A guest post by Kevin Pettway
As gamers, we (the author included) understand that our pastime is one of imagination and delight. We spend hours creating entertaining stories and encounters to flummox and amuse our friends.
Also, we are great students of the literature and media of our genre, be it fantasy, science fiction, horror, or something else. We use books, movies, and comics to inform our games, and provide greater heights of adventure. It would seem the most natural thing in the multiverse to marry these two similar pursuits together, to carry the magic ring back out of the game and onto the page it came from.
What could go wrong? Oh, I am here to tell you.
- It’s not your world. If you bought that adventure, or used characters or settings you found in a movie or a book, they don’t belong to you. As long as your sticky-fingered thefts are limited to stocking the game for Wednesday night around the dining room table, no harm, no foul. I promise, Tolkien’s estate isn’t coming after your Fantasy Gurps. But as soon as you start looking to publish, either on your own or traditionally, you’re likely to run into problems. Problems of the You-Pay-Me variety, which as anyone knows are the worst problems of all. No one—not publishers, distributers, or storefronts (including Amazon or the like)—is going to handle Jane Smith’s Star Wars VII: the Return of Boba Fett, from Way Back in Time When He Was Really Badass, no matter how much fun it was to play with your friends.
- It is your world. Mostly. I hope you play your role-playing games with others. The point is, you probably play with other people. This is great for gaming, but much less so for a novelist looking for something to write about. You see, although you spent the hard time behind the screen writing down the names of every patron in the bar (which your stupid players never even walked into), the resultant product—the game itself—is a collaborative effort. That means your success is a six-way split, or however many players you have. The sticking point for this isn’t even so much about money. If you’re writing a book about your Vampire: the Masquerade game, there isn’t going to be any money). No, it’s about control. Unless your Call of Cthulhu campaign comes with a release form, all of your players are now partners and co-owners, which is a headache you do not want to imagine. All of which leads to…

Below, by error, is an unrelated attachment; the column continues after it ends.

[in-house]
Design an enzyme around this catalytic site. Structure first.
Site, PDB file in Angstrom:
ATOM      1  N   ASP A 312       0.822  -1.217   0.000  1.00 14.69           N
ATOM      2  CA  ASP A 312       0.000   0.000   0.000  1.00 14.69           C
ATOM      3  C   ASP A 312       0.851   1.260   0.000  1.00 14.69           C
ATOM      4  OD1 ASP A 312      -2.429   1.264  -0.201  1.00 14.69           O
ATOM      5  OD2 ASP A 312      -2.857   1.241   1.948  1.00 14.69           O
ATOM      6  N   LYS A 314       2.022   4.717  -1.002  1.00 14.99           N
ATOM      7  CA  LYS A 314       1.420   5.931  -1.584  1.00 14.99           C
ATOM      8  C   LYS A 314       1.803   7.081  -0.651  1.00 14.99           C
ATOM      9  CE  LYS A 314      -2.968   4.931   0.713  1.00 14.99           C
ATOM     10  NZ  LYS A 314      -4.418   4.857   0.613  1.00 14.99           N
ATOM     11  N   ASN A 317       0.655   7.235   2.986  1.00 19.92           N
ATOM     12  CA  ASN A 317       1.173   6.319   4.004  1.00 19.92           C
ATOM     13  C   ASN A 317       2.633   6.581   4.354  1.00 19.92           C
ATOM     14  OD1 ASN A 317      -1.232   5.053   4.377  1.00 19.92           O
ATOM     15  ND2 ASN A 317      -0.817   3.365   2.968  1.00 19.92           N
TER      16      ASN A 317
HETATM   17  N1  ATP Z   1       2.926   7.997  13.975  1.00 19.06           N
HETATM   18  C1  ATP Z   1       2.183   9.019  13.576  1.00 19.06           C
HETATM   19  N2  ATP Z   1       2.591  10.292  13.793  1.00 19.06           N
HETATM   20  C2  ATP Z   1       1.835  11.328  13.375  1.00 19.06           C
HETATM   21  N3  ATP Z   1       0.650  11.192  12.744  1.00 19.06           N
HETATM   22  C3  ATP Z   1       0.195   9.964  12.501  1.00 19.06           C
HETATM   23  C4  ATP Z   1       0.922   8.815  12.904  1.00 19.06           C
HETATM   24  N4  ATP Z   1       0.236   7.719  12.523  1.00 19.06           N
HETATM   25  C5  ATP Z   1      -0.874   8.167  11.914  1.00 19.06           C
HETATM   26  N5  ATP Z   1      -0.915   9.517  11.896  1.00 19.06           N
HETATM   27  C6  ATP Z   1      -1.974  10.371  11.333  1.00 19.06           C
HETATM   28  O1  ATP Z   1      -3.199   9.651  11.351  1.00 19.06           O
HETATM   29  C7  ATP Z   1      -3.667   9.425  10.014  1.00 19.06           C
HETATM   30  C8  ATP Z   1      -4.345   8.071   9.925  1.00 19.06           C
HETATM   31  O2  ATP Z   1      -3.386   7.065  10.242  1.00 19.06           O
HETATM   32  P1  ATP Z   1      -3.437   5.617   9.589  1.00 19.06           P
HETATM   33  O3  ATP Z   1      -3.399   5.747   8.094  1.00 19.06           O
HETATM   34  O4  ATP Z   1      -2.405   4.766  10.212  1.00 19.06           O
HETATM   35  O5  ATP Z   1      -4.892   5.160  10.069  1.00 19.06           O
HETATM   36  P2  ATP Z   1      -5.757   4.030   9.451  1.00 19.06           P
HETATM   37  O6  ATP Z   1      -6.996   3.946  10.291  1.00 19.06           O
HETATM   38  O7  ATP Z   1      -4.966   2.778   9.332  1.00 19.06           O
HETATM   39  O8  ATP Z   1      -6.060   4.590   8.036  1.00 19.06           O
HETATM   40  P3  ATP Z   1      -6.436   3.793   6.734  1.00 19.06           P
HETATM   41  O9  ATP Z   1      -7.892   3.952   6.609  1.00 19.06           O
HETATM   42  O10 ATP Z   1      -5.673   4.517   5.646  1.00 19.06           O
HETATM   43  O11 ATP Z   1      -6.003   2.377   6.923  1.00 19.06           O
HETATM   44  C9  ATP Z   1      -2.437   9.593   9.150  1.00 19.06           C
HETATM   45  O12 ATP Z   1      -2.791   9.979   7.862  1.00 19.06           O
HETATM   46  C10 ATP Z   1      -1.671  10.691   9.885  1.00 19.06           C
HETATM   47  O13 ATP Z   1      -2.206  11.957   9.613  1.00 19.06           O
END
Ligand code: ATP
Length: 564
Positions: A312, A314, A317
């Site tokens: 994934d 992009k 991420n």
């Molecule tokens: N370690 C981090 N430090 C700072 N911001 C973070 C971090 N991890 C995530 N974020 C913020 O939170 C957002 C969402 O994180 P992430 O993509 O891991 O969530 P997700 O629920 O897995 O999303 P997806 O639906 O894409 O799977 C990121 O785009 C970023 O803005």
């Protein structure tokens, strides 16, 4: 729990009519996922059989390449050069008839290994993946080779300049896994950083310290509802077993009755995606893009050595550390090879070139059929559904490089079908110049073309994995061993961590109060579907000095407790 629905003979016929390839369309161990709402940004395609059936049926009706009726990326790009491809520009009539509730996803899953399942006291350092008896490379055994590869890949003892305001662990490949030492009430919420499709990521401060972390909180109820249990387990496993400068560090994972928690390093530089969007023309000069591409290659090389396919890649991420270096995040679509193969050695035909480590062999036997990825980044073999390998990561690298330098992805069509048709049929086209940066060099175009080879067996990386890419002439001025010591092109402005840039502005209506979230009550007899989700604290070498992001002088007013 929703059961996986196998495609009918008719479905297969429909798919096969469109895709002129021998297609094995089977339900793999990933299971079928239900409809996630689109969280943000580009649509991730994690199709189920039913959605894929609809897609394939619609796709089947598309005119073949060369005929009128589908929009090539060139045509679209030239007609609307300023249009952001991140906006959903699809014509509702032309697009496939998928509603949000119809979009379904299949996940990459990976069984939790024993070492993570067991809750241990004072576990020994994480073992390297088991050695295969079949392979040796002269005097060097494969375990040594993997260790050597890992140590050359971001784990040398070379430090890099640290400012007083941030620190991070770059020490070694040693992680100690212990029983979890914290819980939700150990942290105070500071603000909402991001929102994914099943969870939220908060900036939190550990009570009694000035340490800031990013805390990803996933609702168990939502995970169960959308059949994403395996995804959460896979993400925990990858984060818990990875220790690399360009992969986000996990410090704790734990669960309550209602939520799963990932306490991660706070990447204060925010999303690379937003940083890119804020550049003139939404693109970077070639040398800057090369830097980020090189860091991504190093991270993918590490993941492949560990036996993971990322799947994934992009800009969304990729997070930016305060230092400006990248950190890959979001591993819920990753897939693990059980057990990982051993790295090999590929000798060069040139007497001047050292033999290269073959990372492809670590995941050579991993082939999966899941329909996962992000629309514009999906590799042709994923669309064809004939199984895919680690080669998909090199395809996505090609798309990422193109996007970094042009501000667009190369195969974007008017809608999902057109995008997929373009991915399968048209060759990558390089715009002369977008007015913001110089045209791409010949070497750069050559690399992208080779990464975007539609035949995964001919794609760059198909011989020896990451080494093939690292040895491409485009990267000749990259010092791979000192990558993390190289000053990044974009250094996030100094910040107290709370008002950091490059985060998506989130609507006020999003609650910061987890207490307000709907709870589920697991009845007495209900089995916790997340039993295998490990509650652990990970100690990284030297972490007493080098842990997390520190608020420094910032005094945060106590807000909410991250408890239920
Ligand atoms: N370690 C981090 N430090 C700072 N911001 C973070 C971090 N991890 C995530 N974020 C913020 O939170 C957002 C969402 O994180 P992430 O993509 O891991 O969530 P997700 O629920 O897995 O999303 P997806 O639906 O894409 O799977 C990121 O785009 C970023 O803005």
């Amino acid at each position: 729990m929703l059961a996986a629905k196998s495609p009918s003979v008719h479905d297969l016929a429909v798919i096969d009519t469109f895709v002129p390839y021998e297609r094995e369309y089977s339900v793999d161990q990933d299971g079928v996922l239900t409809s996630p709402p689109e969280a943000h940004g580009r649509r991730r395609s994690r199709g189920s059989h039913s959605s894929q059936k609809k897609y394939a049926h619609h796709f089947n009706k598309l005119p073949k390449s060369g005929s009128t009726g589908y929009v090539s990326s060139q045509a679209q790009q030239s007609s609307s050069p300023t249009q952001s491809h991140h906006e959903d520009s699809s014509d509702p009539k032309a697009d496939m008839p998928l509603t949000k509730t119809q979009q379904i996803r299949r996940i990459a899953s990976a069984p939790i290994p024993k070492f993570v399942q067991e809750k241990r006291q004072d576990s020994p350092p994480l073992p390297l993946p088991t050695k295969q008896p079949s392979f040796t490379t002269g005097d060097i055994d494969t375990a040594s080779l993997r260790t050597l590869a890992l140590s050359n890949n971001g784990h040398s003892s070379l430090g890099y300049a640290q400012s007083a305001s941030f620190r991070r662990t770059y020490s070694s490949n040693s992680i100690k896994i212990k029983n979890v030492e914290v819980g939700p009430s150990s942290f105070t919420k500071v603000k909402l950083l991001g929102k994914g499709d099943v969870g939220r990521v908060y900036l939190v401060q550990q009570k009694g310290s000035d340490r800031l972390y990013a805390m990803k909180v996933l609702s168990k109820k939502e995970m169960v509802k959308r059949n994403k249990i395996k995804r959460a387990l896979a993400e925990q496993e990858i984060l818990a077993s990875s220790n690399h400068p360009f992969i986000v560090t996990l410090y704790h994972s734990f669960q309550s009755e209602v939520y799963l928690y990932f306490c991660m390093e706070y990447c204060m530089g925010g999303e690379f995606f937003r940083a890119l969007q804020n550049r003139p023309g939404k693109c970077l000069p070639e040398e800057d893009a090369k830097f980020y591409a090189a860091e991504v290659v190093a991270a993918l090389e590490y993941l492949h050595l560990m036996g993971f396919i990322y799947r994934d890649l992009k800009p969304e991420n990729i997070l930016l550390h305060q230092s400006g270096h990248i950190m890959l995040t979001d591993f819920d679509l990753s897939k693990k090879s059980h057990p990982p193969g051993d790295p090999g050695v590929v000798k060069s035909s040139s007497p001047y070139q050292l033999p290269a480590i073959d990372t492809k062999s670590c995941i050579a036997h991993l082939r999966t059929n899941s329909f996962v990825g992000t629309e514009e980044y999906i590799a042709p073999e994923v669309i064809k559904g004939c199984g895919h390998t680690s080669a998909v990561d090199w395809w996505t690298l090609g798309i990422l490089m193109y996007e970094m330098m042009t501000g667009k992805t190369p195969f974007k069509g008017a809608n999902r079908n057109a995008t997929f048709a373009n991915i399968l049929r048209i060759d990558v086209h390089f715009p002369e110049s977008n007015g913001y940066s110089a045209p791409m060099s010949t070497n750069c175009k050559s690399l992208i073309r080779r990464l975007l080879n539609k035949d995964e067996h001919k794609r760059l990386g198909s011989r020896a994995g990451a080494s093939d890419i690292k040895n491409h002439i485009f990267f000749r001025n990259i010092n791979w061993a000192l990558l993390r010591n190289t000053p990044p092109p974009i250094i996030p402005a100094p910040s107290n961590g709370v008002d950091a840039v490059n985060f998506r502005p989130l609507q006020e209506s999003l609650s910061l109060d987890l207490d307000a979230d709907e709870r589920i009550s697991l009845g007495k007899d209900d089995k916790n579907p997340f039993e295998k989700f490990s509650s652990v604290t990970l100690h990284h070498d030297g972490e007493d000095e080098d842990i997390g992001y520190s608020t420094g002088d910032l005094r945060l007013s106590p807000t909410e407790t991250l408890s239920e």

- Your friends are idiots. Well, they probably aren’t all idiots. Not more than half. This does highlight the differences between writing for a game and writing for a novel, though. A role-playing character serves a very specific function. It exists to give voice to our fantasy selves, and keep us entertained, usually four to six hours a week. Without an active human being to inhabit them, they become limp as punctured balloons. The most well-fleshed-out gaming character is a two-dimensional cartoon next to any character from a book. If you’re doing it right, anyway. Take a character from out of your game and put him in a novel and they become capering idiots, dancing and leering for no apparent reason at all. That is because in the game, the players are only trying to entertain themselves. They can do any dumbass bullshit they want for no better reason that it’s incongruous and funny. The characters in your novel need to entertain and be understood by everyone. Think your players are up to that task?
- We are no better. Picture this scene: a party of adventurers is on their way to drop the Magic Shoe Insert of Dr. Scholls into the Pit of Really Hot Despair-Lava, when along the way they stop in a tavern for a soda. One of your adventurers has a lengthy conversation with the soda puller guy about whether or not he’s seen any Minions of the Fairly Evil One walking around town in those sneakers with the cushioned soles.
Freeze the action!